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Three non-profits are hosting “Spring-Back” ACEs Resiliency seminar, April 20

Three non-profits are hosting “Spring-Back” ACEs Resiliency seminar, April 20

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“Spring-Back” coordinators

“Spring-Back” coordinators Lyndsay Stover, program director for Tobacco Free Ravalli, with son Breccan Reynolds, 6 months, and Kierstin Schmitt, prevention coordinator at Emma's House said the resiliency seminar, April 20, is for everyone who works with children.

'Spring-Back' is a celebration of well-being, resilience from adversity and less daily stress. 

It is hosted by The Bitterroot Cares for Kids Network, Emma’s House and Tobacco Free Ravalli, on April 20, in the Bedford Building.

"Spring-Back 2017 is designed to uplift professionals working with kids and parents or caregivers by understanding ways to take care of themselves in order to care for others effectively,” said Kierstin Schmitt, prevention coordinator at Emma's House. “We will offer a simple yoga class, a nutrition class, booths to visit with resources for self-care and the ‘Resilience’ movie with discussion.”

Schmitt said everyone who works with children can benefit from understanding the long-term effects of trauma on kids.

“The importance of understanding how adverse childhood experiences (ACEs) or toxic stress effect children and families cannot be understated when it comes to personal physical and mental health, social and economic health,” she said.

Faylee Favara, prevention program manager for Western Montana Addictions Services, said the event is open to the general public.

“We hope people just come in and have a good day,” Favara said. “We’re looking at resiliency, adverse childhood experiences and the next step of what to do about it. We’re creating tools for resiliency.”

The event on Thursday begins at 8:30 a.m. with guest speaker Kat Werner sharing about the book “Trauma Stewardship: An Everyday Guide to Caring for Self While Caring for Others” by Laura van Dernoot Lipsky, founder and director of The Trauma Stewardship Institute.  

That’s followed by an hour-long session starting at 9:30 a.m. on yoga for healing and resiliency.

Schmitt said the easy mat and chair techniques are “simple things people can do at their desk at work if they need a little break.”

“People have mixed feelings on yoga,” said Favara. “She is keeping it very simple and addressing resilience in movement. Movement can be a huge component in healing.”

At 10:30 a.m. Favara will present 'Nutrition for Happiness! With Think Whole Nutrition Counseling' about how food can help with general self-care.

Participants will enjoy the lunch Favara has prepared and visit booths with information on resiliency.

At 1 p.m. the 'Spring-Back' event coordinators will show the film “Resilience” by James Redford and will host a discussion afterwards.

‘Resilience’ is the follow-up to the ‘Paper Tigers’ documentary that we showed last year, both directed by James Redford,” Schmitt said. “This film brings together leaders in the medical field, social work, education and communities to bring hope and healing to our most vulnerable population, our children.”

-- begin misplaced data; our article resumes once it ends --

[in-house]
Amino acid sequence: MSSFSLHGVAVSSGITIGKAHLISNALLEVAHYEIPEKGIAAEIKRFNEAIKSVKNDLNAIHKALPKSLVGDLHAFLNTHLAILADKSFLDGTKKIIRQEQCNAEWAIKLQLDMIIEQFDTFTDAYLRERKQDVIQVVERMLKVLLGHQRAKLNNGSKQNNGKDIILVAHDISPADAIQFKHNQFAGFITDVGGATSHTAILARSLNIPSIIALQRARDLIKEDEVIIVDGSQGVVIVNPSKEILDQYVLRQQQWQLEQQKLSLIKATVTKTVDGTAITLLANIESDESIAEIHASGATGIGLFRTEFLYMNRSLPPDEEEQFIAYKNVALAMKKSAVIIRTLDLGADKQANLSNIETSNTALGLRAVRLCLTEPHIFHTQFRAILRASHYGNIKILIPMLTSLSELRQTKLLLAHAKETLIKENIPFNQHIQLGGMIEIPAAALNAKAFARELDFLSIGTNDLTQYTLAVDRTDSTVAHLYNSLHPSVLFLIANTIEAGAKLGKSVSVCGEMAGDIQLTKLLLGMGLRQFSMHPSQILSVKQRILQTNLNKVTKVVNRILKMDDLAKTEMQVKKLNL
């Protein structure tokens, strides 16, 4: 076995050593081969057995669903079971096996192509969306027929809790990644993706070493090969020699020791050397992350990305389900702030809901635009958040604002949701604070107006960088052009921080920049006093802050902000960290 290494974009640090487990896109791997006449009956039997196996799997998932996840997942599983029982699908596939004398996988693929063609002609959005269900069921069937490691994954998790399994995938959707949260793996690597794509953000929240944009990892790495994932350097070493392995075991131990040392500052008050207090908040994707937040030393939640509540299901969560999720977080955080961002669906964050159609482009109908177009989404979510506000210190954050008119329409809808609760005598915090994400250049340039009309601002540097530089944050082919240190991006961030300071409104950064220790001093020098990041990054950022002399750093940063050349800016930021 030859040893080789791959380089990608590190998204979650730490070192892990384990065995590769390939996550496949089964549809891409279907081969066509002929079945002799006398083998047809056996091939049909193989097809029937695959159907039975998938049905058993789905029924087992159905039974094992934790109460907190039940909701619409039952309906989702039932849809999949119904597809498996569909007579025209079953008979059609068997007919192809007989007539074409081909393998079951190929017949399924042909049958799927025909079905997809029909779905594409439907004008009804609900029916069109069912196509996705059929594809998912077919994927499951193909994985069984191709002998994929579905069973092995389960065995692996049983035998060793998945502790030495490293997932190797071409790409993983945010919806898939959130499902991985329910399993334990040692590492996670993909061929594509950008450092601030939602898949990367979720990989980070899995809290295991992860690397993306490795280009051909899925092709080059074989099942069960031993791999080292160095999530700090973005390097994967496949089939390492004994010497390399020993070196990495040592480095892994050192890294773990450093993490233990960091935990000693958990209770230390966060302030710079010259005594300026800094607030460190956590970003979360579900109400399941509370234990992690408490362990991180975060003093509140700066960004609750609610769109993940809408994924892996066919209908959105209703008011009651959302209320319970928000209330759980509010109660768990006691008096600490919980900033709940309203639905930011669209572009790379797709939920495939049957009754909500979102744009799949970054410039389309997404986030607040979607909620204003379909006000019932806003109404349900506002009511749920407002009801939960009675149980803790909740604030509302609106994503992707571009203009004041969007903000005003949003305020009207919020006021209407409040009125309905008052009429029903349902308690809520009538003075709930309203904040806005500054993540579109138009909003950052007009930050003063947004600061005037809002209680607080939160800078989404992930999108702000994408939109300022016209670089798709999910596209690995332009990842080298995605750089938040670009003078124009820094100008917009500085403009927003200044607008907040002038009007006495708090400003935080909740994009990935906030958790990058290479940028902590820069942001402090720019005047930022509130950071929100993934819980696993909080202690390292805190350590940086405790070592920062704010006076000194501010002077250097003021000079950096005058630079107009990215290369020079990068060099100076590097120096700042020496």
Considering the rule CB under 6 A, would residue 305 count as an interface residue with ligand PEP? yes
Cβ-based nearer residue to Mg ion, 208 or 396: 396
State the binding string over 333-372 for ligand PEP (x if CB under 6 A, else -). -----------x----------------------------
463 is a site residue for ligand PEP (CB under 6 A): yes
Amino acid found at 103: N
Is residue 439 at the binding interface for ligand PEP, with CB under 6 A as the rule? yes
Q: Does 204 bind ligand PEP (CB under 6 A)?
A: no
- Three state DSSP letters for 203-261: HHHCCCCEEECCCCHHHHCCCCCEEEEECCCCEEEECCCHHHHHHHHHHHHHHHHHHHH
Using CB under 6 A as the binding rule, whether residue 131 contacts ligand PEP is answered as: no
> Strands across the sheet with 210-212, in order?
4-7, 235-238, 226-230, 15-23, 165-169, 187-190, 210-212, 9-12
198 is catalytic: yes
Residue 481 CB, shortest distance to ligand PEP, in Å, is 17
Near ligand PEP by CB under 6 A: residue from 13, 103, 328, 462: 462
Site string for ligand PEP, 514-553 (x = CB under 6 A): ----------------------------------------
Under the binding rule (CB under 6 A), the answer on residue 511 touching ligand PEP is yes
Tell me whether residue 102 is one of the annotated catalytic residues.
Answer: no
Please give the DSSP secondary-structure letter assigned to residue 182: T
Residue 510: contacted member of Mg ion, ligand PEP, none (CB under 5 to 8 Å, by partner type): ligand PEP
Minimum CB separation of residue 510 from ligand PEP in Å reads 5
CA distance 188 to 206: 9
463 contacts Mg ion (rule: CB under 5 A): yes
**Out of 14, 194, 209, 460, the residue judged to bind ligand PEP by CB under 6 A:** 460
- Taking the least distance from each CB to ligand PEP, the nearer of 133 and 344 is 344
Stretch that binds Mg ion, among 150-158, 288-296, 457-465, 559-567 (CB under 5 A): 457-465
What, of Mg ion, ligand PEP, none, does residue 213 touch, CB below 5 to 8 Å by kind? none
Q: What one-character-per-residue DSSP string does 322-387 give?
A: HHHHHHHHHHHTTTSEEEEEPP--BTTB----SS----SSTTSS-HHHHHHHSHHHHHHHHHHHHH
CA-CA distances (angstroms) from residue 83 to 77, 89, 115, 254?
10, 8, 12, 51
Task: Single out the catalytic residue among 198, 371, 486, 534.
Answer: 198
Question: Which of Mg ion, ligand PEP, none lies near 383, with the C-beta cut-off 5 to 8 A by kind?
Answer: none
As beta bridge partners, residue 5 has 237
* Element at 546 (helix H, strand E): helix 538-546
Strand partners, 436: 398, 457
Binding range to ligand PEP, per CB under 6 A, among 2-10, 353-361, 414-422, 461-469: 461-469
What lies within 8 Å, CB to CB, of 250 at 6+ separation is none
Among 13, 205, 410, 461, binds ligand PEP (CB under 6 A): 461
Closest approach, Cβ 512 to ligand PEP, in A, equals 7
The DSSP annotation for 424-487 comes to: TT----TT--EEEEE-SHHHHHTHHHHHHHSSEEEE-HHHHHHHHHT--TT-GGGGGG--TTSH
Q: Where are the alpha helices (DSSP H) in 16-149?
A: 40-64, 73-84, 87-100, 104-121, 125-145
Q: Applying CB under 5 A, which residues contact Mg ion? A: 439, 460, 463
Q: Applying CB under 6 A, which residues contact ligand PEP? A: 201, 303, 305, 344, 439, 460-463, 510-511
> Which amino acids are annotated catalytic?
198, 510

Schmitt said the movie is about finding hope.

“It is important to understand that the effect of trauma, but it doesn’t mean you’re doomed for the rest of your life,” she said. “The awareness of the ACEs study in the mental health field and education field can bring significant changes. There are some struggles, like everybody has, and there are ways with the right resources and information that you can thrive and overcome.”

Schmitt said the community benefits from people, such as first responders and police, who may have been through hard experiences and can respond in stressful situations effectively.

“Children may have had trauma but they can overcome,” she said. “Just because they are acting up in school doesn’t mean they are a bad kid. It just means we need to address it in a different way.”

Lyndsay Stover, program director for Tobacco Free Ravalli, said everyone who works with children would benefit from the event.

“As a mother of two kids under the age of 3, I know the stresses of motherhood, and they can be taxing and you don’t know what to do or who to turn to,” Stover said. “This event gives the opportunity to learn different skills to deal with these stresses in daily life.”

Stover said the information will be great to bring into the home or work and create a positive environment.

“Teachers too are overwhelmed with work meeting guidelines and they may just view this as one more thing for them but I think this workshop will be great and will open different doors on how to look at stressors,” she said.

Schmitt said the goal of the 'Spring-Back' is to honor and recognize the people that have kids and those that work with kids.

“The Spring-Back resilience fair is to recognize the strain that our professionals and caregivers experience and to help them and help our community understand the benefits in finding ways of resilient, building a resilient community,” she said. “The most important thing is understanding the importance of self-care in our fields. If we don’t take care of ourselves then we cannot effectively take care of other people.”

'Spring-Back' is from 8:30 a.m. to 3 p.m., April 20, at Hamilton City Hall, with a $5 donation suggested. Call 532-9149 or go to for more information and to register.

Five free continuing education credits and renewal credits are available for social workers and educators.


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